Aronofsky’s fifth film, The Black Swan (2010), is about performance, and the quest for perfection that many consider to be a companion piece to The Wrestler.  But while both films depict the obsessive pursuit of a career at the expense of all else, as well as the collapse of the performer/person distinction, The Black Swan highlights the toxic and psychologically incestuous relationship between the mother, Erica (Barbara Hershey) and daughter, Nina (Natalie Portman) as the likely locus of the latter’s pathology.  Obsessed with shaping her daughter into the ideal image she herself never attained, Erica has succeeded in creating a near-perfect dancer, but in the process, Nina has been robbed of her ability to authentically connect with herself and others.  As tension mounts, the relationship between the ideal and real becomes increasingly blurred; and in the bravura final act of the ballet, when Nina ascends the stairs toward the light and then plummets to the darkness below, we witness a sacrificial gesture of profound, symbolic proportions.

Aronofsky’s sixth film is Noah (2014).  While Aronofsky reads between the lines of the biblical story, his efforts here, on my reading, are interpretive rather than transgressive.  Rather than a bit of pagan propaganda designed to lead the faithful astray, as some claim it is, for all the liberties taken, the film is quite respectful of and faithful to the spirit of the narrative.  Moreover, in the face of the film’s artistic flourish and visual indulgences, the simple point being made is that Noah (Russell Crowe) was a good, even righteous man, but also a flawed man.  Significantly, rather than having a direct pipeline to God, this more human Noah hears from God indirectly through his dreams, and this makes all the difference.  While it’s true that, in the beginning, Noah is convinced he knows what God’s intentions are, and one might say righteously obsessed with carrying out those plans, when pushed to the existential limit, in the end, Noah finds a more humane and sober faith.

Mother! (2017) is Aronofsky’s seventh and most recent film, and arguably his least satisfying to date, even if it is his most audacious.  Read as an allegory, Jennifer Lawrence plays the “Mother” (of creation) and Javier Bardem plays “Him” (God), who, driven or otherwise obsessed with his need to create, sows the (human) seeds that ultimately destroy their world.  If Noah (2014) indulged in a bit of artistic license in its retelling of the Genesis narrative, Aronofsky’s creation story “prequel” is a mythico-religious mash-up that, for all its brilliance, unduly waters down its biblical core.  When further mixed with his own idiosyncratic, enviro-political views, the film becomes unfocused and loses its cachet.  Mother fails precisely because Aronofsky’s stretched religious sensibilities reach toward a pluralistic ideology that all good citizens embrace these days lest anyone be offended.  And who would be offended by the Judeo-Christian God being depicted as an ego-centric, narcissistic male, juxtaposed with a maternal, all-loving innocent female who’s a victim of masculine aggression and the violence that inevitably follows?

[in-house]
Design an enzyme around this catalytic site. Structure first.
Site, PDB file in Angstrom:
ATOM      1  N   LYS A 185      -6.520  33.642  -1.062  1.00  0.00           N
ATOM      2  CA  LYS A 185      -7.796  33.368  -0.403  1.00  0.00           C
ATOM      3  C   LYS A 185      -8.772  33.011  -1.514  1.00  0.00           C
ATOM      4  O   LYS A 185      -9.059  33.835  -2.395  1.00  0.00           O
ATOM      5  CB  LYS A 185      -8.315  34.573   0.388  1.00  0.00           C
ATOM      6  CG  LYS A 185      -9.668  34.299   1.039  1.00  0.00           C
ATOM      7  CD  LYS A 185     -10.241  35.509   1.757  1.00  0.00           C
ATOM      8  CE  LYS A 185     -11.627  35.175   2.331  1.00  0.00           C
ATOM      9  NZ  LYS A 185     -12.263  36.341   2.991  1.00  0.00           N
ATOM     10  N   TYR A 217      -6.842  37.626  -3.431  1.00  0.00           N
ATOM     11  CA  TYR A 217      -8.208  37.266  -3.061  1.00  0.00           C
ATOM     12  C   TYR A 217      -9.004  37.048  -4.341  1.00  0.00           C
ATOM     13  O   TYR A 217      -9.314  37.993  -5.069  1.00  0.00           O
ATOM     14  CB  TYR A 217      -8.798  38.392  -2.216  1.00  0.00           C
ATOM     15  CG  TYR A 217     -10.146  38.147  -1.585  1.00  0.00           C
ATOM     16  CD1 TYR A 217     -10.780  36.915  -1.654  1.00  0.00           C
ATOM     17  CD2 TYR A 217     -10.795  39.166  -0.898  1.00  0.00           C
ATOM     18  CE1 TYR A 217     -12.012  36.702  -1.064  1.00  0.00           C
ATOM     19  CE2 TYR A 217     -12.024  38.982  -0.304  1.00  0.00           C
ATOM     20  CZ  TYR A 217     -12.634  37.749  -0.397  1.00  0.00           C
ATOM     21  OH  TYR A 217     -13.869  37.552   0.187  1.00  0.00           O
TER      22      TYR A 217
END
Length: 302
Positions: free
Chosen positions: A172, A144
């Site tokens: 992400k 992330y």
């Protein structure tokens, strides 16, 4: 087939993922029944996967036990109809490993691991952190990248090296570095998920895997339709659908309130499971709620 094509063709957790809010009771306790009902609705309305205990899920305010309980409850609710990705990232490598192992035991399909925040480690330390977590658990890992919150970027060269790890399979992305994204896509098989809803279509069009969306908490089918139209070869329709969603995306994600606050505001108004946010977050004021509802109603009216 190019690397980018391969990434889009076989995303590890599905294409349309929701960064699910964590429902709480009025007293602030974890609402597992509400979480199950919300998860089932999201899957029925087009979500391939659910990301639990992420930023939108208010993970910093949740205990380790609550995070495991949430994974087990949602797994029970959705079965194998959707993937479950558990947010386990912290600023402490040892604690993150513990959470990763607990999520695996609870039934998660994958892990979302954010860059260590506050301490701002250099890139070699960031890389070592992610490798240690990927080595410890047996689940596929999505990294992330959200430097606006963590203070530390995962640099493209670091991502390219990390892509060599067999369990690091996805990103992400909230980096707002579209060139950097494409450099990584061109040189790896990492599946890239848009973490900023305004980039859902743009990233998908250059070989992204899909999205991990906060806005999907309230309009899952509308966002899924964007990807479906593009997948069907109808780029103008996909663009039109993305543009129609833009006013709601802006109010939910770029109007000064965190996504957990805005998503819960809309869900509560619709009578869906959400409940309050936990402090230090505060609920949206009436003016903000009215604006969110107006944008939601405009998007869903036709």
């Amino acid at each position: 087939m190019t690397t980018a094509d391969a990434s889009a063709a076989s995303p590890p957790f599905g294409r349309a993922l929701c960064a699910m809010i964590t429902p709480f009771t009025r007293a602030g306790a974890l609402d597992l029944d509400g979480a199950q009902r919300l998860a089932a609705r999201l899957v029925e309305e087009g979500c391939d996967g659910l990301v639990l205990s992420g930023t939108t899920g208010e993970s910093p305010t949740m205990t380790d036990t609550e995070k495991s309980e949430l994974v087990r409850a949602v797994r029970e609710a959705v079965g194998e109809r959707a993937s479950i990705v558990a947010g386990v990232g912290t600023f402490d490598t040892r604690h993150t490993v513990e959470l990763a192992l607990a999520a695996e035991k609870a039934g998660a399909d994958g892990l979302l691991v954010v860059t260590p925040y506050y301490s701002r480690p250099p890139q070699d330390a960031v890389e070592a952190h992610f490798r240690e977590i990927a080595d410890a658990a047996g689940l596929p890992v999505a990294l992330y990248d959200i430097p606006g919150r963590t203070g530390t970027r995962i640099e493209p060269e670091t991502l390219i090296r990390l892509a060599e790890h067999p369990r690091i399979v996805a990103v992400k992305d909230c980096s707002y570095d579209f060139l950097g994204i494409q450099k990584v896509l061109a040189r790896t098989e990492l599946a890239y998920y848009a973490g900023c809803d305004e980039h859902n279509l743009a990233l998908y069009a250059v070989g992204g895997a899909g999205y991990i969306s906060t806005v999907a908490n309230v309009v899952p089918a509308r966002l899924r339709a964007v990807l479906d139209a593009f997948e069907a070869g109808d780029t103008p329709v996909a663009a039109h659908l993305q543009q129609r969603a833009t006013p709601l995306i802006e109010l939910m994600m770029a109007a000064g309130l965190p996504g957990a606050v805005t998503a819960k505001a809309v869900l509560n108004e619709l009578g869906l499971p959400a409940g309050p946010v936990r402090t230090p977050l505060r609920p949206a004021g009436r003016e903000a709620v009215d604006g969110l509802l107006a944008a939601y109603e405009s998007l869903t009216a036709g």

Disappointing or not, on my reading, what all of Aronofsky’s films highlight are the Promethean, fear-based penchants that drive us, and the obsessions that often devour us, demanding as they do, our very souls.  But in the face of evil, and the excesses that threaten to swallow every moment in death-dealing impossibility, Aronofsky shows us time and time again that each of those moments are simultaneously primed with promise and life-giving possibility.